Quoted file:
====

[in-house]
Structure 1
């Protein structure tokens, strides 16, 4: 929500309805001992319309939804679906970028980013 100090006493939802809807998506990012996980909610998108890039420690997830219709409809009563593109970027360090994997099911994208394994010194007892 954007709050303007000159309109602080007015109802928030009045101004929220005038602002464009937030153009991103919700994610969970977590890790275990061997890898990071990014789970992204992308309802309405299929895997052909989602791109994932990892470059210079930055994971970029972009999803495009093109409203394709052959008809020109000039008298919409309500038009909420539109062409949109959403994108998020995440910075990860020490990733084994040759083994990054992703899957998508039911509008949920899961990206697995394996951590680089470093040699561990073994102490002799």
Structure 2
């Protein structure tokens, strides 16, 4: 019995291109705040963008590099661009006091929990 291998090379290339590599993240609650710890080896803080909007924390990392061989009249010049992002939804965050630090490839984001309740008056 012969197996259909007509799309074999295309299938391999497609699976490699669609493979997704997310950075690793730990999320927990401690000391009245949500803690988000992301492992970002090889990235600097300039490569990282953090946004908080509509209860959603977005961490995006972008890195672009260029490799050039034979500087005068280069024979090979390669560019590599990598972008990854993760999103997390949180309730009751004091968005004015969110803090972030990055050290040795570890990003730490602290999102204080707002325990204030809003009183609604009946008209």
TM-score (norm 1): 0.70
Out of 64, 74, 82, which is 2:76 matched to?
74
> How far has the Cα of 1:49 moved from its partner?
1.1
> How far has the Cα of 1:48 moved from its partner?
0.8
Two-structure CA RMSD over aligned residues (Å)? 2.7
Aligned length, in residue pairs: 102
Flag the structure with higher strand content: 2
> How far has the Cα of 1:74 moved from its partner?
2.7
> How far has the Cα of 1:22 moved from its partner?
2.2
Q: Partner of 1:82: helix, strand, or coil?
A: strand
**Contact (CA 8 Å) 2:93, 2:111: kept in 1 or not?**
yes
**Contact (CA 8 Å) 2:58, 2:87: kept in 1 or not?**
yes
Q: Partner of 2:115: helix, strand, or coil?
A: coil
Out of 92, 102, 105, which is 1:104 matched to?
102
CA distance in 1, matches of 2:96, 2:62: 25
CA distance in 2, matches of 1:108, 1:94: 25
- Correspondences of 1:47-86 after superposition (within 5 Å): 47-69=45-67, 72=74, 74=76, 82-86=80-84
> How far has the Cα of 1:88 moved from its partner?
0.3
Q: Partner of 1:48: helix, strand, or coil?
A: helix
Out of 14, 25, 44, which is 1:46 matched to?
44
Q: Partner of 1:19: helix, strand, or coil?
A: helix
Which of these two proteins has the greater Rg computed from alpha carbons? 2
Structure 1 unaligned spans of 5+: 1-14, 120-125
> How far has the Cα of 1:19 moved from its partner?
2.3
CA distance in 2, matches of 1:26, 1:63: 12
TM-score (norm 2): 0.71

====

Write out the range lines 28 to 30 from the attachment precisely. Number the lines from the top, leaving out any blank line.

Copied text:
Out of 92, 102, 105, which is 1:104 matched to?
102
CA distance in 1, matches of 2:96, 2:62: 25